Reading: Habakkuk 1:1-4
Verse 3: “Why do you make me look at injustice? Why do you tolerate wrong?”
We begin the week with the prophet Habakkuk. He wrote in about 600 BC, in the years just after the Babylonians destroyed Israel and took many away into exile. The leaders of Israel had wandered from God, taking the people with them. Living in sin and ignoring God’s laws had a devastating impact. It led to a time of great suffering – both for those led away and for the remnant left behind. Most of the people were adrift and disconnected from God. It is into this situation that Habakkuk asks God, “How long, O Lord, must I call for help, but you do not listen?” How long God must I ask for help turning these lost souls back to you? This is a great question we too ask when we look at our world today.
In verse 3 the prophet laments, asking, “Why do you make me look at injustice? Why do you tolerate wrong?” This is an extension of the ‘how long?’ question. Habakkuk asks God how long must they suffer. How long must we pay the price for our sin? These are questions that reveal deep faith in God. They are in the situation they are in because God is just. The prophet questions and cries out as a witness to his faith. Habakkuk seeks God because he believes that only God can move the people from faithless to faithful. The prophet knows that God alone has the power to save them.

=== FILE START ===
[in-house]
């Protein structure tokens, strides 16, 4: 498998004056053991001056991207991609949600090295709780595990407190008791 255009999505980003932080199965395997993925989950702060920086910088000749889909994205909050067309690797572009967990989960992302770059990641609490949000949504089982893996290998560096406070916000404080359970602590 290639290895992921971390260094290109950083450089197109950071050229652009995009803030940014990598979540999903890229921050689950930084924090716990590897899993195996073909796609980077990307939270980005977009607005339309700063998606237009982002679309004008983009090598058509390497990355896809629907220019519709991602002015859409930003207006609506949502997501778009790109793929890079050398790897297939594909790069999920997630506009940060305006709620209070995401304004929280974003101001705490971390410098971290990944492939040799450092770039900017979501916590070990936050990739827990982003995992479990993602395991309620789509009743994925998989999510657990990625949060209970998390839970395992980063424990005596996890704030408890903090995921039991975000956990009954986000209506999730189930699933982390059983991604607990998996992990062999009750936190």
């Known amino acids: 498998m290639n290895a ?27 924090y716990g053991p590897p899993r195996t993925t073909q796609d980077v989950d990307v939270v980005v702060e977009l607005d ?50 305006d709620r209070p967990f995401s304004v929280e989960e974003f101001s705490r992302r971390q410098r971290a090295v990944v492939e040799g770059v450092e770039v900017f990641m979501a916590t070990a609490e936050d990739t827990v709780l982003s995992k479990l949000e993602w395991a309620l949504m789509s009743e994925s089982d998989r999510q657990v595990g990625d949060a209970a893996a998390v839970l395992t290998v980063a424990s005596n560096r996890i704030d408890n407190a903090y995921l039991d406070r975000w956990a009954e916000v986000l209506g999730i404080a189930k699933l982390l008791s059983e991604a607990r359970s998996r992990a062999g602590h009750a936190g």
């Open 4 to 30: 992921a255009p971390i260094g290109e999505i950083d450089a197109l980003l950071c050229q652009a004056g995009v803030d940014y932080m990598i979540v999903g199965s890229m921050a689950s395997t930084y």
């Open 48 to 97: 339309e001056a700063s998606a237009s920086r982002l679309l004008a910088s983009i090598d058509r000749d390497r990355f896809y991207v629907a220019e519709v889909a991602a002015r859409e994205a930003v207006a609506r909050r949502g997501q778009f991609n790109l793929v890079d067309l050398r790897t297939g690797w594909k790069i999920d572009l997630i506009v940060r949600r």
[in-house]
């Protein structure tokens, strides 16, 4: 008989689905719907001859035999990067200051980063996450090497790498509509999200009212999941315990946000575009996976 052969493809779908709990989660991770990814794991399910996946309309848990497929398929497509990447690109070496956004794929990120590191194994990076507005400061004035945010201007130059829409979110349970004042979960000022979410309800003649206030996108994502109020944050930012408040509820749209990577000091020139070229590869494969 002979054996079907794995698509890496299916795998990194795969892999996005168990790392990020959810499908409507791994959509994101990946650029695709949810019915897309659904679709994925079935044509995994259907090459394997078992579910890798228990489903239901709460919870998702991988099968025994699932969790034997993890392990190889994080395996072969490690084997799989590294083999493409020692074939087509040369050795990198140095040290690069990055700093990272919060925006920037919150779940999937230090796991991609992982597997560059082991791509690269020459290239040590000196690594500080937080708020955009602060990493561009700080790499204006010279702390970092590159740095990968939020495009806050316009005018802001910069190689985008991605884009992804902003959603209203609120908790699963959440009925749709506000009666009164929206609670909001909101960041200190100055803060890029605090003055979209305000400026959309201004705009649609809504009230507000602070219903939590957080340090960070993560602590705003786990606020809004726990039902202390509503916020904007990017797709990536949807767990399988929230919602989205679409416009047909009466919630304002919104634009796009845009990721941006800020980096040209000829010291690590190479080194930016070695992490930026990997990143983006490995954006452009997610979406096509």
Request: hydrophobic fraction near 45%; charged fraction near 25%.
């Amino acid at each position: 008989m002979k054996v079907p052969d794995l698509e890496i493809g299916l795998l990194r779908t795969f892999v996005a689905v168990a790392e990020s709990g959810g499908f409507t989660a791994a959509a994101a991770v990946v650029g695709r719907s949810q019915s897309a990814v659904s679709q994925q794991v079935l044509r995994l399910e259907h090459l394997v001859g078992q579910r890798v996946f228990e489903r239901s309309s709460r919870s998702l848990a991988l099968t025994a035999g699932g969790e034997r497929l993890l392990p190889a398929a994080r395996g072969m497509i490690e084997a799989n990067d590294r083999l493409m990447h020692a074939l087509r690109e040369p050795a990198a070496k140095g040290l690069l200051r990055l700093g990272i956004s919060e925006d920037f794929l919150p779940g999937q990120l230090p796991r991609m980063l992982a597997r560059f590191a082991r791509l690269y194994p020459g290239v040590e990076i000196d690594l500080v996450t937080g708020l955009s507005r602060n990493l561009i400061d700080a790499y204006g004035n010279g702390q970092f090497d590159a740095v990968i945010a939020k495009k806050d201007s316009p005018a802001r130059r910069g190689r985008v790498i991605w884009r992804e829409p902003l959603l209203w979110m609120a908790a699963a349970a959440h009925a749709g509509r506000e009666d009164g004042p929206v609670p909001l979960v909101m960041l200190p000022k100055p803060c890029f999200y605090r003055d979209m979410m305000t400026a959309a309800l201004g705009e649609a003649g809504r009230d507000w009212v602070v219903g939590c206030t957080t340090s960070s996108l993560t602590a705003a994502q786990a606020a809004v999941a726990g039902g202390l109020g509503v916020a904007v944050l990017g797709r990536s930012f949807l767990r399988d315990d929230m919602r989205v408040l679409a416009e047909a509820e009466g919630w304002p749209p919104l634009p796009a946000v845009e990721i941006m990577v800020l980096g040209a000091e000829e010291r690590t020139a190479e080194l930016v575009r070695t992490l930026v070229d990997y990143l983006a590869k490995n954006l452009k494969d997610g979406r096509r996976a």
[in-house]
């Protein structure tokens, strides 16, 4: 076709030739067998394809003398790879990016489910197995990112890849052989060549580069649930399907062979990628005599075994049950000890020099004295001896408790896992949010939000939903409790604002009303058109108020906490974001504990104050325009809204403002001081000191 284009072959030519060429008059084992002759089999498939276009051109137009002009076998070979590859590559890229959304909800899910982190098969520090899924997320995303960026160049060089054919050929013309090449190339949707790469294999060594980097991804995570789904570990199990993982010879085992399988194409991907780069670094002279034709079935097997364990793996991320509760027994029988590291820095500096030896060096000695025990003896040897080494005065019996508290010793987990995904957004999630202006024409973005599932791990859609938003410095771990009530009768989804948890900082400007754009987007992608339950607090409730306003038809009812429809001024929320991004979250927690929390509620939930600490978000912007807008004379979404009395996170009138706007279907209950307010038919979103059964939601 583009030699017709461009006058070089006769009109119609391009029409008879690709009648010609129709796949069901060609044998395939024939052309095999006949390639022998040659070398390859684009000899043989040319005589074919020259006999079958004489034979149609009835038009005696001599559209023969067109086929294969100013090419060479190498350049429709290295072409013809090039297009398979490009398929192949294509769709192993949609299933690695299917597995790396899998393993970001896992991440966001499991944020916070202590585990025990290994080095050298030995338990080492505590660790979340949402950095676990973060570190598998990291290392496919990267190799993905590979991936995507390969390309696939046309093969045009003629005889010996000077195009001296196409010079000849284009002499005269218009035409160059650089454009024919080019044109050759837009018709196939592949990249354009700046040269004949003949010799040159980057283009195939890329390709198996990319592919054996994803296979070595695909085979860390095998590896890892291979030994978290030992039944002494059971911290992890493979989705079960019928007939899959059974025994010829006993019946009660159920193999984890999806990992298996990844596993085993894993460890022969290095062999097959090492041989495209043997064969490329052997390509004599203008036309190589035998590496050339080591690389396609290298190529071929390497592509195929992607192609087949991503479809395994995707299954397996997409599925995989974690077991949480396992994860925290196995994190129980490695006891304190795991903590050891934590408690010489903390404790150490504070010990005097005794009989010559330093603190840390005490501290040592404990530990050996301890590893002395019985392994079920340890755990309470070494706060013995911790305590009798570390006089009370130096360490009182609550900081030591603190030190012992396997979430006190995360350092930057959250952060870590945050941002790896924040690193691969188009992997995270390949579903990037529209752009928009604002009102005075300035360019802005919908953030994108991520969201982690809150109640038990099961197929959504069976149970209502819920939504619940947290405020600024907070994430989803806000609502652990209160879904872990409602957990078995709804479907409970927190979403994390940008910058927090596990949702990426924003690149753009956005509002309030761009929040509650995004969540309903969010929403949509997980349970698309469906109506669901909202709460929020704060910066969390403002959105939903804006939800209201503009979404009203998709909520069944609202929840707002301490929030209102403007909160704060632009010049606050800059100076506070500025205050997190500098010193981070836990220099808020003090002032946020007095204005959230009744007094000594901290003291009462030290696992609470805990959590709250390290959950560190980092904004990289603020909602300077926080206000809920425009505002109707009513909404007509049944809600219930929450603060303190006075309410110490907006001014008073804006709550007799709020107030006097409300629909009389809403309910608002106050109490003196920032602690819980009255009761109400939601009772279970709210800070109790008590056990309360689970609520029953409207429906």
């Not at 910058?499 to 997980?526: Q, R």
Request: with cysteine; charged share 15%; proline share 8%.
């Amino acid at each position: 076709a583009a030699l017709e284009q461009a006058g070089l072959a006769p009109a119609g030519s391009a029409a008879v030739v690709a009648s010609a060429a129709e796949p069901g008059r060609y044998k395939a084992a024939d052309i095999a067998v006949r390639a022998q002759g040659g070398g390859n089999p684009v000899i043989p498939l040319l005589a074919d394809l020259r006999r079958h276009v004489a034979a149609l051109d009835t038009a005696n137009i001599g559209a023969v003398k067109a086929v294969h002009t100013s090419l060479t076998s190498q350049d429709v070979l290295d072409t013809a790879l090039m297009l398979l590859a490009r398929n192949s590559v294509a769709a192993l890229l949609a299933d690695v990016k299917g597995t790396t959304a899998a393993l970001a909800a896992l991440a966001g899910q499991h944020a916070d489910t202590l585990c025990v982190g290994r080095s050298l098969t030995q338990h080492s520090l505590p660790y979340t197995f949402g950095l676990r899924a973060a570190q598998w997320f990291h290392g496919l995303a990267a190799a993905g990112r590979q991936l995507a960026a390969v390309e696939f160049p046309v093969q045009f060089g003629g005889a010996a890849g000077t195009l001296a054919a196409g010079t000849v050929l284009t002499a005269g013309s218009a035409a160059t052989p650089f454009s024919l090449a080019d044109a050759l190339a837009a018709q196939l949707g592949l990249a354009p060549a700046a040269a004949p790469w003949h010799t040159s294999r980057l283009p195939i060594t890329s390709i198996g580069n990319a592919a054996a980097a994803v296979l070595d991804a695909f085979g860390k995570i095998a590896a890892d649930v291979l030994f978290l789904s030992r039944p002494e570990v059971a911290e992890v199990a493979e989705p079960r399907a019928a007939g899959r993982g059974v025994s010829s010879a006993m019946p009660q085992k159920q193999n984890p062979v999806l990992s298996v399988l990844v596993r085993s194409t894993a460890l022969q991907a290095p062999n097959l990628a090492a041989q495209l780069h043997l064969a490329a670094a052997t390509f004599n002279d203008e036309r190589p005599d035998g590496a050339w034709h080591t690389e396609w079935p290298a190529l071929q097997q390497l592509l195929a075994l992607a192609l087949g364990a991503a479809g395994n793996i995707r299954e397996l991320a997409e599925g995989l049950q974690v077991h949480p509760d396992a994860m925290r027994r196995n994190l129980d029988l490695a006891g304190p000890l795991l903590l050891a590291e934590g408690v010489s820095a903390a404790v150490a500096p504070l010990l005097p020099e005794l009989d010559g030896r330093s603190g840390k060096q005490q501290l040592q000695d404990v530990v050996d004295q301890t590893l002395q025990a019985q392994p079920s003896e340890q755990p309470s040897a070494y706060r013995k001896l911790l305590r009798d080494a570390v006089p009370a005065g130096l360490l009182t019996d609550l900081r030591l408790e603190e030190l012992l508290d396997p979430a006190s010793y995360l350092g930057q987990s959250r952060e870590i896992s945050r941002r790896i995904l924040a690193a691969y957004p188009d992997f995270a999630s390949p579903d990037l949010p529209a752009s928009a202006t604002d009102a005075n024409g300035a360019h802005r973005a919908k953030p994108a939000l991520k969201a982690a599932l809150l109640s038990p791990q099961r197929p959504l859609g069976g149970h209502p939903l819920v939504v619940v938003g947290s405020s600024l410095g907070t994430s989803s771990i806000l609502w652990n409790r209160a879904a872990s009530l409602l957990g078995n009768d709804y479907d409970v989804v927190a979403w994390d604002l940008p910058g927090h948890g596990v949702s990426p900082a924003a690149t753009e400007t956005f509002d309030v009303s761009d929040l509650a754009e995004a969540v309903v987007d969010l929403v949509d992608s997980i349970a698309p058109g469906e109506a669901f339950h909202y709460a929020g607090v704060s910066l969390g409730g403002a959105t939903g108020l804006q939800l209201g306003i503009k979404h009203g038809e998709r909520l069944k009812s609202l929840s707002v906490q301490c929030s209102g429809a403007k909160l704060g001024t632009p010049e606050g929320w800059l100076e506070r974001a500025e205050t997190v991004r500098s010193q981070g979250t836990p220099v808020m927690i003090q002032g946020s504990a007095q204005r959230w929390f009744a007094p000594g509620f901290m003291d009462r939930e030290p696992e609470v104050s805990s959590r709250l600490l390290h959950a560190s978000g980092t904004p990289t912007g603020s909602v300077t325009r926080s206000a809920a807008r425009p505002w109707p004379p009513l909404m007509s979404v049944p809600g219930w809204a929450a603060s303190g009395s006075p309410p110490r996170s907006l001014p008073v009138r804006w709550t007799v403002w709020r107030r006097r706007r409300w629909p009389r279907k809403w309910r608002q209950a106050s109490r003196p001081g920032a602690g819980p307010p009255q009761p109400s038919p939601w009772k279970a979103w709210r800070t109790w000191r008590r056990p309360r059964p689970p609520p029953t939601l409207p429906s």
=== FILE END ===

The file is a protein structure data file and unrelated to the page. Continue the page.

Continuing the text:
As we look at our world today we can identify areas of injustice and of suffering. We too can cry out to God, asking ‘how long?’ As we cry out to God, may we, like Habakkuk, do so trusting that God is mighty and powerful and just. In faith may we trust in God’s good purposes. And, like the prophet, may we too come to see that God has a role for us to play in bringing healing and wholeness to the pain and brokenness of our world.
Prayer: Lord God, open my eyes to see the places in need of your love and healing. Fill my heart with compassion and empathy. And then move me to action, to a part to play in helping others to experience your power to save and to restore and to redeem. Amen.